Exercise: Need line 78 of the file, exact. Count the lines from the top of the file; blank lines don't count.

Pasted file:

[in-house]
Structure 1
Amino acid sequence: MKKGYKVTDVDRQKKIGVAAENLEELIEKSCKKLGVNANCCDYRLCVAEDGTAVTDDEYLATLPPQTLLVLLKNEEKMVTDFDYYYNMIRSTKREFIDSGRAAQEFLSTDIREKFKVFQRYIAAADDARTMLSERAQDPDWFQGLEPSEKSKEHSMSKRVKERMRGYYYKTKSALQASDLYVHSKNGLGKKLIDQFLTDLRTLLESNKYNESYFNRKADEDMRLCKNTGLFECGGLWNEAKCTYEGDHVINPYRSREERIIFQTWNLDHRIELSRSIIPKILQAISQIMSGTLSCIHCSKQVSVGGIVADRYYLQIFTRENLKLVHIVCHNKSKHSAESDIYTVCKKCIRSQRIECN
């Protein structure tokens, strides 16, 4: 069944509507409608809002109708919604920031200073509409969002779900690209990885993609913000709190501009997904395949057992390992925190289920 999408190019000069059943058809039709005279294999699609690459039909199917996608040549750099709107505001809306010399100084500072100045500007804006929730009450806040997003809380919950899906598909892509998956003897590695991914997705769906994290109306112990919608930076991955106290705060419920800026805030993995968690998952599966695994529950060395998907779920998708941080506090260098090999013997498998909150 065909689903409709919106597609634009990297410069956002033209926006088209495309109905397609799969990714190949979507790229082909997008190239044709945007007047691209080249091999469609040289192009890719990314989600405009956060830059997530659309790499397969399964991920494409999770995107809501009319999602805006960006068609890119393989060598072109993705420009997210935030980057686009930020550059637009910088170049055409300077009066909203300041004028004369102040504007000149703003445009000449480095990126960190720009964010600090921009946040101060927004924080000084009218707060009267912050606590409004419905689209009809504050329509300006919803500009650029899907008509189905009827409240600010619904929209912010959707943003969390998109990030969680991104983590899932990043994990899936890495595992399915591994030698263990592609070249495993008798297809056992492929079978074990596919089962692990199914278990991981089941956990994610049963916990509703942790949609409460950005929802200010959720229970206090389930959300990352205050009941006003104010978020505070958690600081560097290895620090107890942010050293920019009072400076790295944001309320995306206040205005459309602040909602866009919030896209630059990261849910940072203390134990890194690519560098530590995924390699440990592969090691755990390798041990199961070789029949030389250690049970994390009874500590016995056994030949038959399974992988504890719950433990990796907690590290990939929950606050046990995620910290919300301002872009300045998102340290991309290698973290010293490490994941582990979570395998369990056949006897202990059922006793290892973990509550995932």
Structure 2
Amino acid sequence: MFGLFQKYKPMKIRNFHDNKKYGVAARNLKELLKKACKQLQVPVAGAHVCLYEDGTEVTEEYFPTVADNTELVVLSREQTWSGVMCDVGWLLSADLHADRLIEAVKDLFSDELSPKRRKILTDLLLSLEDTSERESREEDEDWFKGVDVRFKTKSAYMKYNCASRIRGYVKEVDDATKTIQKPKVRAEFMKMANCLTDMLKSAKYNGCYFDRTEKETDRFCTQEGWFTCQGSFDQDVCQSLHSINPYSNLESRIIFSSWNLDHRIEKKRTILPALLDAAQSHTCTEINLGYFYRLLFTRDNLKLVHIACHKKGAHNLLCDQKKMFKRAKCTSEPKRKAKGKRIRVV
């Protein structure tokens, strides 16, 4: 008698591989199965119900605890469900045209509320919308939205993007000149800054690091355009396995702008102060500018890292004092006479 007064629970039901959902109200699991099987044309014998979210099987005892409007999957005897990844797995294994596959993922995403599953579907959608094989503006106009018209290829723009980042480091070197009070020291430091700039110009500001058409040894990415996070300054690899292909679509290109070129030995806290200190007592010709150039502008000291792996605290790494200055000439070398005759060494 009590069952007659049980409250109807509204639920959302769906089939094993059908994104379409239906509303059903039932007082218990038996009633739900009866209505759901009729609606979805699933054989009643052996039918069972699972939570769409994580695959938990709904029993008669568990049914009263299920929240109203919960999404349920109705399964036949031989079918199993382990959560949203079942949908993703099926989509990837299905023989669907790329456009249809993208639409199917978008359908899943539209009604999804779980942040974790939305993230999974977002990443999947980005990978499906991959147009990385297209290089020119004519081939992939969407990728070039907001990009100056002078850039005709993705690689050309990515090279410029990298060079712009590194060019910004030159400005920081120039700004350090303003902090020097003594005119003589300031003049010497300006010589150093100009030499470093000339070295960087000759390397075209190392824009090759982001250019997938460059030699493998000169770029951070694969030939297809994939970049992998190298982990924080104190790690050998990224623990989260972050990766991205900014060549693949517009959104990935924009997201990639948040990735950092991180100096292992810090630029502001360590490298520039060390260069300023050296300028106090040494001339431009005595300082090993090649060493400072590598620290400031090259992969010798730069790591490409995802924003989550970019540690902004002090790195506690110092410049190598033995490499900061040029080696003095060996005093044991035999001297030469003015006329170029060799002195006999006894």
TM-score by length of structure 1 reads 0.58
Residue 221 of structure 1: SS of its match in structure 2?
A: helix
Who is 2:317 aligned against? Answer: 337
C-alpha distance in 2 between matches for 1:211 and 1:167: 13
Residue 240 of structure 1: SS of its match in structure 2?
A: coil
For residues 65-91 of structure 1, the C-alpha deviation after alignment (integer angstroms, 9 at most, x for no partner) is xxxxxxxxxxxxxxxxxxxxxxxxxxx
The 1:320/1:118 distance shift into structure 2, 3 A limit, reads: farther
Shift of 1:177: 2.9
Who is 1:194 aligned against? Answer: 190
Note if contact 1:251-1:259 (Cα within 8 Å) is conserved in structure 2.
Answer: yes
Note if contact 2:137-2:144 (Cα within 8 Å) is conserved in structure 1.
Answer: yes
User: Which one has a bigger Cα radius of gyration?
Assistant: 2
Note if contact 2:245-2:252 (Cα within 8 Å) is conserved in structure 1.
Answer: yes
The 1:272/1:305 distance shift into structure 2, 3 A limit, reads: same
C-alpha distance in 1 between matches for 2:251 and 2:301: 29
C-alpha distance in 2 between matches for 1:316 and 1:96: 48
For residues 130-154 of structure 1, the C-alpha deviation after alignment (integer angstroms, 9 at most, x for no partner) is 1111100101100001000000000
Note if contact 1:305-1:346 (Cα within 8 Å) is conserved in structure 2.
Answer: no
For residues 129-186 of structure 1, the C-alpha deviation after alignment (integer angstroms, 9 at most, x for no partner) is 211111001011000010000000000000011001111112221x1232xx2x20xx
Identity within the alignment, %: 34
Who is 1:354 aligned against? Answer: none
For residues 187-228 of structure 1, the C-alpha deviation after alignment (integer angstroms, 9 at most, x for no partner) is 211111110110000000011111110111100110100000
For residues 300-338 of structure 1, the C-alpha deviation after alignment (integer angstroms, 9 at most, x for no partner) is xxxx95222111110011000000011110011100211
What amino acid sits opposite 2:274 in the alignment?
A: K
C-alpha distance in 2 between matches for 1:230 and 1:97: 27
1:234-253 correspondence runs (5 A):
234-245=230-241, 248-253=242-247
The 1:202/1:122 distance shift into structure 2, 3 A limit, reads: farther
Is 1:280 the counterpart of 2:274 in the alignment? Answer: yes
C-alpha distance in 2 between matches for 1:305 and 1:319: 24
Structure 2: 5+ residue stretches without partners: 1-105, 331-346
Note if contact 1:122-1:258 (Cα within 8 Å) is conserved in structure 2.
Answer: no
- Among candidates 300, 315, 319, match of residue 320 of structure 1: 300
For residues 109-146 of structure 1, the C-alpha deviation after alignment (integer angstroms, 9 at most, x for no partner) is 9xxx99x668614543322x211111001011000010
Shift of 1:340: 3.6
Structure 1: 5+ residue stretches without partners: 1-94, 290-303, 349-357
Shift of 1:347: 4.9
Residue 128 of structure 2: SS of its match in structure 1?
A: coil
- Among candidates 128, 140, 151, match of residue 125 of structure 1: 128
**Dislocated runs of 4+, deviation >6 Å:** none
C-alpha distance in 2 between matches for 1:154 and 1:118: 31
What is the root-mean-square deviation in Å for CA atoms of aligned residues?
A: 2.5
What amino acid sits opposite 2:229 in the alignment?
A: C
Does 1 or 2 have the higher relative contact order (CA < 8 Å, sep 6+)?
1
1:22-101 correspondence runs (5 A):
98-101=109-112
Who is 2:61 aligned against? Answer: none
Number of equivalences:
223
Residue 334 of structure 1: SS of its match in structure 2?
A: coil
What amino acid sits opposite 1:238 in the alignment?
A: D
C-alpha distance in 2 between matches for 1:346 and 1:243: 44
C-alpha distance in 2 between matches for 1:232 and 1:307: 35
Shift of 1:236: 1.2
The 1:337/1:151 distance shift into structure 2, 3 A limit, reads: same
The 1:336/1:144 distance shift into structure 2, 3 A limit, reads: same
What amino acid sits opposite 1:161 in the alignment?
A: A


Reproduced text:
The 1:336/1:144 distance shift into structure 2, 3 A limit, reads: same